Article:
During the walk, I got to cross Ponte Vecchio or “Old Bridge” which is one of the few bridges that survived World War 2.  It’s now lined with jewelry shops and has some street artists on it as well. It also gives you great views of the city. You can walk the river towards Piazzale Michaelangelo, or walk more inland, either way, it’s an uphill walk.  Walk by Galileo Galili’s house (which is unmarked except one small white sign). You can walk through or near the Giardino Bardini and up to the Forte di Belvedere. Then head up the Via de Belvedere to the Piazza. The Piazza offers you panoramic views of the city.  If you didn’t pack water for this walk, there are food trucks that have some.

Panoramic views of Florence from Piazza Michelangelo – worth EVERY step!

Since you’re in the Tuscany region of Italy, have wine with dinner – it’s fresh, local, and refreshing.  Don’t forget the gelato for dessert! We did a tasting walking tour with Viator. We got to learn about olives and olive oil, prosciutto, truffles, and of course wine! The link to the tour is at the bottom of the post along with all of the tours we did.

Day 7: Florence to Rome

This day is a LOT of driving, so be prepared to spend a lot of time in the car. It’s about a 6-hour drive between the two cities, and that’s without stops. There are a number of places that you can stop on this drive – wineries, and restaurants right off the road. You can make a pit stop in Siena or Orvieto to experience some small towns with a lot of history.  We decided to stop at the Cascate di Mulino in Saturnia to experience some of the natural hot springs of Italy. The pictures are amazing it looks so serene.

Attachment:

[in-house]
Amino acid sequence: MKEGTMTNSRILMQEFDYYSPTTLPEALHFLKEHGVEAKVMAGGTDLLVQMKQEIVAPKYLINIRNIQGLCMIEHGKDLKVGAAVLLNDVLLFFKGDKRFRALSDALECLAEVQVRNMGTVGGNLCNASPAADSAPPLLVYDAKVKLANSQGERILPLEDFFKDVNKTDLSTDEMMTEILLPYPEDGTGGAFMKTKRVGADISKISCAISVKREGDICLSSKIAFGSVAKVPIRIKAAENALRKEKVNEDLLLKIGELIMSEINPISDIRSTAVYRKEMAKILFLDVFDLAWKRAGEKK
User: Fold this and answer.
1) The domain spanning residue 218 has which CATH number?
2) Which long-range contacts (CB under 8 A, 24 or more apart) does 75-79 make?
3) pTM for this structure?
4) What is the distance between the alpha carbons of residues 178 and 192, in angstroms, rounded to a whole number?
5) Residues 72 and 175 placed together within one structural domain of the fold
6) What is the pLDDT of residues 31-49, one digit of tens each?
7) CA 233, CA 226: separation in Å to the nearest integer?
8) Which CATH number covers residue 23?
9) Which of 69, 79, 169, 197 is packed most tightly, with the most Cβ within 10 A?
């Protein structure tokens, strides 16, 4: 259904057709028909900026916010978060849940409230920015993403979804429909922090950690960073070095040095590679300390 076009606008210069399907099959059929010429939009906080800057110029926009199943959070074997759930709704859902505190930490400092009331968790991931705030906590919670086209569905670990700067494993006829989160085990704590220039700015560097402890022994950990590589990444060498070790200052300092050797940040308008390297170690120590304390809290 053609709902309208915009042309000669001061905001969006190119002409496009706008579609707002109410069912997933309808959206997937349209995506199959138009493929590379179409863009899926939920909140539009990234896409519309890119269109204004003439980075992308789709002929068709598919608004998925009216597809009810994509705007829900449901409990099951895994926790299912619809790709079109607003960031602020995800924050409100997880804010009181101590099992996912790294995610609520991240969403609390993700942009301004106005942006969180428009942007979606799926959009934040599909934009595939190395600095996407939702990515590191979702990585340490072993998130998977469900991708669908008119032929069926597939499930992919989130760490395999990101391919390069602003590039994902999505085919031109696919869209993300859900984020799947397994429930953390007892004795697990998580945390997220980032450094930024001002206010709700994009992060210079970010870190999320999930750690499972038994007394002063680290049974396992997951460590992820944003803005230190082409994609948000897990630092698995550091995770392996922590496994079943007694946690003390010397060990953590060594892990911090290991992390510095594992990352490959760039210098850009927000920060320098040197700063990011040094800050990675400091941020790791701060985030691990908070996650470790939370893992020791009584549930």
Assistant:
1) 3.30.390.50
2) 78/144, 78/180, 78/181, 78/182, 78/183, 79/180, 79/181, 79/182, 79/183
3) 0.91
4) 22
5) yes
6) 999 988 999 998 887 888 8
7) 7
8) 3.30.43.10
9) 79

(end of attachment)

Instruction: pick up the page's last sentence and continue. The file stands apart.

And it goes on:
Unfortunately, this was not the case when we arrived. Since it was a beautiful summer day (and hot!), apparently EVERYONE IN TUSCANY had the same idea as us and was at the pools.  It was still very cool to see (who knew Italy had any hot springs) but we didn’t actually go in the pools.

Days 8-10: Rome & Vatican City

We stayed at the Vatican Relais Rome, which is actually walking distance to the Vatican, and a short subway ride to Termini station in downtown Rome.   The first day in Rome, return the rental car. Rome is packed and it’s a lot easier to get around via the subway. Bonus: you’ll save money on the car rental.  Be sure to take a video of the car like you did when you picked up the car to show that when you returned it there still isn’t any damage.

So, no one believed me when I said it, but you can do Rome in one day. You won’t get the local feel and you definitely won’t see everything Rome has to offer – but you’ll check a lot of the tourist places off. If you’re a history buff, then this definitely isn’t enough time. We decided on three days for Rome and the Vatican.

Travel Tip: Check out the 5 things I wish I knew before visiting Rome!

The first thing you should do in Rome is buying your tickets to the Colosseum and Roman Forum.  If you want you can do a skip-the-line tour, but our experience with the headphones wasn’t the best (we used them in Pompeii- stay tuned).  You’re also in a group of like 20-30 people, so good luck trying to get a good photo or ask a question. Across the street from the Colosseum is where you can buy tickets – and try to get there early, they aren’t the fastest moving lines. We got the 24-hour pass and you can go in each one once in 24 hours. We downloaded the Rick Steves’ app and he gave us a private tour throughout the Colosseum!

You aren’t allowed to take pictures in the Sistine Chapel, but there are plenty of ceilings that are also breathtaking.

Our first full day in Rome, we went to Vatican City.  We did a breakfast tour of the Vatican (also through Viator) which was perfect.  This is where we did the tour of 20+ people with portable headsets that didn’t always work. But we got to tour the Vatican before all the crowds (I mean 6 am, who really wants to be awake?) and had breakfast in the Belvedere Courtyard (or Pine Cone Courtyard as some call it).  We got a guided tour through the Vatican including the Sistine Chapel. The way the tour was done, the Sistine Chapel was the last “big” thing on it, which is probably not the best way to go. There were so many amazing ceilings in the Vatican, that the Sistine was just another beautiful ceiling. Don’t get me wrong, when you think about the hours that went into it, and the meaning behind it, it’s still incredible. I just didn’t get the “wow” feeling after spending an hour going through other painted ceilings.